Yes, Celery is amazing in its way; it is the most commonly used “Distributed Task Queue” library, and this did not happen accidentally.
But there are cases when you don’t need the whole featureset offered by Celery, like multi-broker support. Let’s say you just want to execute your tasks asynchronously, without adding a lot of extra bulk to your Python dependencies, and let’s say you happen to have a Redis instance lying around. Then Huey might be the one for you.
It’s a lightweight task queue. Lightweight you say? Yes, the only dependency is the Python Redis client. Yes, really. But compared to the skinny requirements list, it can do lots of amazing things. And believe me, you’ll see that in this short article. We used Huey actively for our e-commerce start-up Endticket, and it turned out to be a good design decision.
from huey import RedisHuey huey = RedisHuey('my-queue', host='your.redis.host')
Of course you can define multiple instances in your code. You can actually run a Huey consumer per queue, giving you the control over how many consumers you want per queue, and you can also organize tasks on the queue level.So, important tasks can be put into a queue and less important ones into a different one. Easy, right?
#config.py from huey import RedisHuey importanthuey = RedisHuey('my-important-queue', host='your.redis.host') lowpriohuey = RedisHuey('my-lowprio-queue', host='your.redis.host')
You just have to import your defined Huey instance, and use its task decorator to decorate any regular function. When you apply the task decorator to a function, every time it gets called, instead of directly calling the function, an instance of the QueueTask class is created.
#tasks.py from config import huey # import the huey we instantiated in config.py @huey.task() def write_post(quality): print("I'm writing a(n) %s post" % quality) return True
As I mentioned before, decorated functions won’t get executed instantly when you call the function, but instead a QueueTask object is created, and the task gets enqueued for later execution. However, enqueueing a task involves no magic formulas and hard-to-remember syntaxes. You simply call the function, like you would normally.
# main.py from tasks import write_post # import our task from config import huey if __name__ == '__main__': quality = raw_input("What quality post are you writing?") write_post(quality) #QueueTask instance created and enqueued It will be executed instantly in the worker! write_post.schedule(args=(quality,), delay=120) #Task enqueud and scheduled to be executed 120 seconds later print('Enqueued job to write a(n) %s post' % quality)
Ok, you successfully managed to enqueue your task, and it’s resting in the Redis queue waiting to be executed, but how will the system execute your task? You just have to fire up a task executor!
$ huey_consumer.py main.huey
If you did everything well in the previous steps, the executor should be running and executing the task you enqueue.
If you have multiple queues defined, you must run a consumer for every queue.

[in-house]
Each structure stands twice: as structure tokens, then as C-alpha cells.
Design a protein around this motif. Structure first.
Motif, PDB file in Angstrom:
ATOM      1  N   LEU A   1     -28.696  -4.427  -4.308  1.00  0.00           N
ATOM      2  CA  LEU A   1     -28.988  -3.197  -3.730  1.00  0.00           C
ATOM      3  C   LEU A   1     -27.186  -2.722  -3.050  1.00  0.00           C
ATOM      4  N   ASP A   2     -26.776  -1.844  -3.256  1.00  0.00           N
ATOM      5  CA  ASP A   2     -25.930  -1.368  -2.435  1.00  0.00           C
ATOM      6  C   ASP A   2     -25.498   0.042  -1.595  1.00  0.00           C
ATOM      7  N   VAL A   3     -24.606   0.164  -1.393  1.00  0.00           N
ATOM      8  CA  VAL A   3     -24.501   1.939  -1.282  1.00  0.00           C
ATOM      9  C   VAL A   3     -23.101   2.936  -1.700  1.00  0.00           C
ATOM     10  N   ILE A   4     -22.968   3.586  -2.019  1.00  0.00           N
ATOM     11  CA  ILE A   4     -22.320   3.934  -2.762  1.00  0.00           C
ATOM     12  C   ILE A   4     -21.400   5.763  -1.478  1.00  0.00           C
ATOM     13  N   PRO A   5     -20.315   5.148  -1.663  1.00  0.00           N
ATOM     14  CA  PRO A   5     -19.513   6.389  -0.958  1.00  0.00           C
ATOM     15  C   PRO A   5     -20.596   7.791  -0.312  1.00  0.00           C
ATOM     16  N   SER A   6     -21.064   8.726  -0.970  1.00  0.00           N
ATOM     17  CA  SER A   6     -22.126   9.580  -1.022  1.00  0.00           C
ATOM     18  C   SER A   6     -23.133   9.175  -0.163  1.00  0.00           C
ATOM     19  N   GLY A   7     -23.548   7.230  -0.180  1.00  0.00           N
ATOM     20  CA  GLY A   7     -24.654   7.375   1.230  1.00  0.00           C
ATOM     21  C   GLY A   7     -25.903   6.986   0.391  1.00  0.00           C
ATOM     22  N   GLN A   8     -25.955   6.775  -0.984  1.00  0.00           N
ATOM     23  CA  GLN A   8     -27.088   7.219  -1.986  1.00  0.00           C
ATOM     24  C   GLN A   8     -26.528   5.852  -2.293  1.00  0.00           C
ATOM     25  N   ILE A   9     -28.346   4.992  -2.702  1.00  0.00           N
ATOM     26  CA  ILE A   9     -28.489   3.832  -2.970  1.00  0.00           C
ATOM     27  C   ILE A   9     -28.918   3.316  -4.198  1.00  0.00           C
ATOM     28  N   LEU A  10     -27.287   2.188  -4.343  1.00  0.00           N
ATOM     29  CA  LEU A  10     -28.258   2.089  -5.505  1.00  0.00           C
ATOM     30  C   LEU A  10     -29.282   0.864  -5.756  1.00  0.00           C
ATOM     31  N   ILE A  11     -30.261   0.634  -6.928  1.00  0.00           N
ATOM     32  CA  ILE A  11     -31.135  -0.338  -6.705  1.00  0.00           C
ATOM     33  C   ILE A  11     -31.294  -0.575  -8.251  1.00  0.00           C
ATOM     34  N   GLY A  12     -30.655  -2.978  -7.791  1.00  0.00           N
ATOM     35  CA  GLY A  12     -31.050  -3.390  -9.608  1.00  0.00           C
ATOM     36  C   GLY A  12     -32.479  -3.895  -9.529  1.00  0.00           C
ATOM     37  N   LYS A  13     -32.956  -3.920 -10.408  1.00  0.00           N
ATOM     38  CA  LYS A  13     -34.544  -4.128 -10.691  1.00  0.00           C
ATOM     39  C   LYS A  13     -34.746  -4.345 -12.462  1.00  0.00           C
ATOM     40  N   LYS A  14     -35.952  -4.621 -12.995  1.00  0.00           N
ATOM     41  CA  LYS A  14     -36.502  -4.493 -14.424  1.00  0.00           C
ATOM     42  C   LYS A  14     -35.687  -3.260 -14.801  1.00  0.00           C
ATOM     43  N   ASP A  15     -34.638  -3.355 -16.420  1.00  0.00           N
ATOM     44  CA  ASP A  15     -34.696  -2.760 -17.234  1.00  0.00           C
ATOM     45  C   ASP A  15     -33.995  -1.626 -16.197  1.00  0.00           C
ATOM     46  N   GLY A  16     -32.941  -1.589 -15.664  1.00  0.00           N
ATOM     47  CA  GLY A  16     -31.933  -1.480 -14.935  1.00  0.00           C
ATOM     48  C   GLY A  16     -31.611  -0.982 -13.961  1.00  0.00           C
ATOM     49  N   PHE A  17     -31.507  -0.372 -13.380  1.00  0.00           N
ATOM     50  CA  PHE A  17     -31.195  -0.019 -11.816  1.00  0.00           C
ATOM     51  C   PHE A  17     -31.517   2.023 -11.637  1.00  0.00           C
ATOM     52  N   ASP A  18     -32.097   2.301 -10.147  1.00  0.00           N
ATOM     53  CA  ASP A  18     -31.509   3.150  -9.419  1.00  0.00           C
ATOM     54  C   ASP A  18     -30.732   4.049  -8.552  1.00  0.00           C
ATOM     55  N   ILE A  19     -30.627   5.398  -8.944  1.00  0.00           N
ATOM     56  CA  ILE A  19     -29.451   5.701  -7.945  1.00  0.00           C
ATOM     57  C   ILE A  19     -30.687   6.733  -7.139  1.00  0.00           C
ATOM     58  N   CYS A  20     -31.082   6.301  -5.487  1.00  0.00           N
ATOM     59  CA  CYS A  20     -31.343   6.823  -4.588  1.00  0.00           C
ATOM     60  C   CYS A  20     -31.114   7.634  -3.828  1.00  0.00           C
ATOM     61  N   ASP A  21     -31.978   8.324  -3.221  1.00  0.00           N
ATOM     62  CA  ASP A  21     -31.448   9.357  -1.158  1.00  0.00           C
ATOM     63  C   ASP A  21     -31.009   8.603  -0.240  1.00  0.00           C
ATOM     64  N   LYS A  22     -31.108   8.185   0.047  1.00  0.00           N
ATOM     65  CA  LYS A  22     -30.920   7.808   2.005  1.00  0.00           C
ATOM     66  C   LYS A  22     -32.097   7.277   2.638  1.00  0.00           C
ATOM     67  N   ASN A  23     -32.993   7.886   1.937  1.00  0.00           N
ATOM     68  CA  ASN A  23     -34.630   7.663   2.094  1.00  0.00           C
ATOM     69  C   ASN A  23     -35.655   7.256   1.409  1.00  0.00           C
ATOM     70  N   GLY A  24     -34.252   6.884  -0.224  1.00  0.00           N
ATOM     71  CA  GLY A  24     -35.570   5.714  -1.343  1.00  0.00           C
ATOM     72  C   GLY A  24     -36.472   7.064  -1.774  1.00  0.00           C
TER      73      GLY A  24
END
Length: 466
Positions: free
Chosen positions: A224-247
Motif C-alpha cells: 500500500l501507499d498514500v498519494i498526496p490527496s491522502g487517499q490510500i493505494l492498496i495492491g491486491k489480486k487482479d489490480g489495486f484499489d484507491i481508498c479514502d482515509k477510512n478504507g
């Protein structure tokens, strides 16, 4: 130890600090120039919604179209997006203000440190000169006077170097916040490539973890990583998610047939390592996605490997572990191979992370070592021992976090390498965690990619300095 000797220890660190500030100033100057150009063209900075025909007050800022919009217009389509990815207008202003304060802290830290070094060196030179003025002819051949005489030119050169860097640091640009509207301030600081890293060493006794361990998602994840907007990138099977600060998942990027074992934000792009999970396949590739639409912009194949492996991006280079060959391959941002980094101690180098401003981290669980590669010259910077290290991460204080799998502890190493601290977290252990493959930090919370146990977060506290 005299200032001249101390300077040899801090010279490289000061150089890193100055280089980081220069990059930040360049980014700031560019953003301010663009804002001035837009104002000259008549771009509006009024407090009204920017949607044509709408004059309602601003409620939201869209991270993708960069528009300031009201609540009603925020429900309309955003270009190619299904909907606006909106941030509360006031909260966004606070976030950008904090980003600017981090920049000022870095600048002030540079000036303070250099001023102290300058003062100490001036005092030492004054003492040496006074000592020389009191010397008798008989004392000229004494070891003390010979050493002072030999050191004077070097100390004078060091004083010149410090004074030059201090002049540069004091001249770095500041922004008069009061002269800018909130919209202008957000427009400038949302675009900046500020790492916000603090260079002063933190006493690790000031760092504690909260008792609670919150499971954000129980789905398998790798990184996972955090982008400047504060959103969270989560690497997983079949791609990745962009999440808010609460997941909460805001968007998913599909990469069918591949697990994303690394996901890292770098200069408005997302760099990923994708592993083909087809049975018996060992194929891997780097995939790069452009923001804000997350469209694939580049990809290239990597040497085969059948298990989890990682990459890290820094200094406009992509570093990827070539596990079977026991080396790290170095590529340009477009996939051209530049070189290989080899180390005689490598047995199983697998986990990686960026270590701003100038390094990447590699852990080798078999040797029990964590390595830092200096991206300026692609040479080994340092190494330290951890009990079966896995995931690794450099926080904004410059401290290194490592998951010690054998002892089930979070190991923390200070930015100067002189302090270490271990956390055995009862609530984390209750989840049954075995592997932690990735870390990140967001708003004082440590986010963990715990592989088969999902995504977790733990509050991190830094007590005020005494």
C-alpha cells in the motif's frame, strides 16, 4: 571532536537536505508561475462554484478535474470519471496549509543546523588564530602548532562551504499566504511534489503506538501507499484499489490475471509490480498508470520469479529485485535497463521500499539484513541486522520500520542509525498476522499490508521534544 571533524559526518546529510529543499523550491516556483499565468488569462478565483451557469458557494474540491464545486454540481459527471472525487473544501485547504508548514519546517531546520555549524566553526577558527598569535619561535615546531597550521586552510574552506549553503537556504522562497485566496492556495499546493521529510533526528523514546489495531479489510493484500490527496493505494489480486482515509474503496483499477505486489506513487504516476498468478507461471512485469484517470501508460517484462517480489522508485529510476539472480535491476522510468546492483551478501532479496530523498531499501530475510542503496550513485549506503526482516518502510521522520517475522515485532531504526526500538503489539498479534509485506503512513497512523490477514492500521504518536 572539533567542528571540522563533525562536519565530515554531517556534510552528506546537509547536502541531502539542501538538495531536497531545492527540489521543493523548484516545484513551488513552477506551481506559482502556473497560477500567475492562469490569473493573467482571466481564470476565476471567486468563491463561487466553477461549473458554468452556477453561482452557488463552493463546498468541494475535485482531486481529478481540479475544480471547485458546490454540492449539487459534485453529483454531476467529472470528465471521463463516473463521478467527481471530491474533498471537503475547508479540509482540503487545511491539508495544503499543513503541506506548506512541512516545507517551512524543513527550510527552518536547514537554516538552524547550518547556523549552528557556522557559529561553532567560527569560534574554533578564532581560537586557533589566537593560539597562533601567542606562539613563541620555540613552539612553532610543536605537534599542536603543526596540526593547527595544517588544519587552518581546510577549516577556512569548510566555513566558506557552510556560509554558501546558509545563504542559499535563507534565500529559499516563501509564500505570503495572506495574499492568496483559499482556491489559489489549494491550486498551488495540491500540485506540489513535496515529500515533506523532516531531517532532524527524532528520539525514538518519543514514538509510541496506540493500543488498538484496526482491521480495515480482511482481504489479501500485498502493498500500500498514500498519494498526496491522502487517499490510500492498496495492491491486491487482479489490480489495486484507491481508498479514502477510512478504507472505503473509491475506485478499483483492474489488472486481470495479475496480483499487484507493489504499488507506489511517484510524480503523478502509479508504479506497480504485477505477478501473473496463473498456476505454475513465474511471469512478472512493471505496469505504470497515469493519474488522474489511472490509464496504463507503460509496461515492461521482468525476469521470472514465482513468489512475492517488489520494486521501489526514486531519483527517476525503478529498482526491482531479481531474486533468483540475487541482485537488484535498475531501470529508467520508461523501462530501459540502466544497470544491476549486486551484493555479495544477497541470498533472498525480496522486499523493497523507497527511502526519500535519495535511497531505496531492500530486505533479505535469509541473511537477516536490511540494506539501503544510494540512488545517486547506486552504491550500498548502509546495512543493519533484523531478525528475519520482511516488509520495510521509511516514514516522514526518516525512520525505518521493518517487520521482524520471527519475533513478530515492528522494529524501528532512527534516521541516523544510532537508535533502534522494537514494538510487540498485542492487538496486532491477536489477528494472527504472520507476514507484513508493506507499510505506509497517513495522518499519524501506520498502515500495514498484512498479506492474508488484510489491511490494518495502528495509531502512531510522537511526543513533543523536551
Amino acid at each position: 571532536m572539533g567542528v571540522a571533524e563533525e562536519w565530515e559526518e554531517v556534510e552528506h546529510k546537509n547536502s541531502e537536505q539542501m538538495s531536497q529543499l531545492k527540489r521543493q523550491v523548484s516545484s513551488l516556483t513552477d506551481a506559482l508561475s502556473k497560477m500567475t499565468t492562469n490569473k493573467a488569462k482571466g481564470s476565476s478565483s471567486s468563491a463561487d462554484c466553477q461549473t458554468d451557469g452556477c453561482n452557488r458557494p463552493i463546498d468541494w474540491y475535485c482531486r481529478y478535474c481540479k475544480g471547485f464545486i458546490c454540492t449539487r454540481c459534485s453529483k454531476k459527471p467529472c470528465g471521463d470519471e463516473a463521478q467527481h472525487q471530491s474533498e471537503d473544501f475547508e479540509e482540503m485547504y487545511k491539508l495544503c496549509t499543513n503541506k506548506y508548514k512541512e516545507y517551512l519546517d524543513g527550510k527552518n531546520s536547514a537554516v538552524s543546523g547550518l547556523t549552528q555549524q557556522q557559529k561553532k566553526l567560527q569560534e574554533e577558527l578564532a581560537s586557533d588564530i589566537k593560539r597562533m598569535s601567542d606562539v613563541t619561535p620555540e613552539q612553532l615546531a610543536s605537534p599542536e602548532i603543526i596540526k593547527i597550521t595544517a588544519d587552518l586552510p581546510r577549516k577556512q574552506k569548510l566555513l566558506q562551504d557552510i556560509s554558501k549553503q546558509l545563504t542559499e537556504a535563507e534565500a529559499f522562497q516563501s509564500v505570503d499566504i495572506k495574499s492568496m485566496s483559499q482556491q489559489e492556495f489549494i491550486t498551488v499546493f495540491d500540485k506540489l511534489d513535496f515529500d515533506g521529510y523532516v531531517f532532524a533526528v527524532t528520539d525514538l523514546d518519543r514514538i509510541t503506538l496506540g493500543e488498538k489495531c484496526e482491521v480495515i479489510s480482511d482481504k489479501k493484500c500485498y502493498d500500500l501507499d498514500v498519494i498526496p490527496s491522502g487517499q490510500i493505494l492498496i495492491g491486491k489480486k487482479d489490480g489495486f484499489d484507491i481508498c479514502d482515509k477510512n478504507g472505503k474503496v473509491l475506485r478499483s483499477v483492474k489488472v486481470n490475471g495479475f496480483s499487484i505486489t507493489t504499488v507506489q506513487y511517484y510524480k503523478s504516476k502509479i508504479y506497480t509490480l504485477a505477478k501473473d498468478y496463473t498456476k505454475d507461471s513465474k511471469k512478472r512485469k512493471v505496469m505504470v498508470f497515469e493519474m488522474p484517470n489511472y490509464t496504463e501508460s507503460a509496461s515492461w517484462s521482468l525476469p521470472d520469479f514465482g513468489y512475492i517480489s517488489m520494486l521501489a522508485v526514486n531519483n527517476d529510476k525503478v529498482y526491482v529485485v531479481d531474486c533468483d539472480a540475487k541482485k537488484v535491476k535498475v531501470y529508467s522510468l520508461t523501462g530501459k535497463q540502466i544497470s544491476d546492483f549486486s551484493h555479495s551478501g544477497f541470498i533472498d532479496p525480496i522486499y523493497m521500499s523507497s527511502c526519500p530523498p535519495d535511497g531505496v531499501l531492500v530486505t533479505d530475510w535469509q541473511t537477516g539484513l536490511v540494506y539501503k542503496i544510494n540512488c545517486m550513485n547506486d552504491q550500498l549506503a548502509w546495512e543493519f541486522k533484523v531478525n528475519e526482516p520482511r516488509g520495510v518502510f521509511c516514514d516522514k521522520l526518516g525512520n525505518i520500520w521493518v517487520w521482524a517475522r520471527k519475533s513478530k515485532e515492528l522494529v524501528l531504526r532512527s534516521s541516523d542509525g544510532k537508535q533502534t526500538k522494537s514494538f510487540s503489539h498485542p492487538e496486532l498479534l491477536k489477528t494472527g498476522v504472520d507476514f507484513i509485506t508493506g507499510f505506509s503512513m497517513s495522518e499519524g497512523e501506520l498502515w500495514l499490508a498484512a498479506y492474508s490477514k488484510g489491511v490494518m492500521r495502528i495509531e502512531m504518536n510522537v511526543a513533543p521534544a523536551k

$ huey_consumer.py main.importanthuey $ huey_consumer.py main.lowpriohuey
If your system is distributed and there are multiple nodes for processing async tasks, that’s not a problem. You can run one executor on every host; Huey can handle multiple workers for a single queue without a problem.
Yes, you can do this as well, and to be honest, in a simple way. You just have to use the periodic_task decorator of your huey instance, and the system does the rest.
from config import huey # import the huey we instantiated in config.py @huey.periodic_task(crontab(minute='0', hour='3')) def update_caches(): update_all_cache_entries()
You just have to make sure you have at least one consumer running for the given queue, and your tasks will be executed periodically.
When you enqueue a task it returns an AsyncData object:
# main.py from tasks import write_post # import our task from huey.exceptions import DataStoreTimeout from config import huey if __name__ == '__main__': quality = raw_input("What quality post are you writing?") result = write_post.schedule(args=(quality,), delay=120) print(type(result)) #huey.api.AsyncData result.get() #Try to get the result, if job finished already, the result is returned, else you get a None try: result.get(blocking=True, timeout=120) # You can block until you get your result, of course you can specify your timeout. Be aware that if timeout is reached and still no result is available a "huey.exceptions.DataStoreTimeout" will be raised. except DataStoreTimeout: print("Too slow mate :( ")
We run Huey using Supervisord inside a Docker container. Your supervisor config should look something similar to this. So if your queue happens to die, you can see it in supervisor logs, and will also get auto-restarted by supervisor. Nice and easy.
[program:my-queue] command=bash -c "echo starting main.huey && sleep $(( $RANDOM / 2500 + 4)) && exec huey_consumer.py main.huey" environment=PYTHONPATH=%(here)s/.. numprocs=1 process_name=%(program_name)s-%(process_num)d stopwaitsecs=5 stdout_logfile=%(here)s/huey.log redirect_stderr=true
About the author
BálintCsergő is a software engineer from Budapest, currently working as an infrastructure engineer at Hortonworks. He loves Unix systems, PHP, Python, Ruby, the Oracle database, Arduino, Java, C#, music, and beer.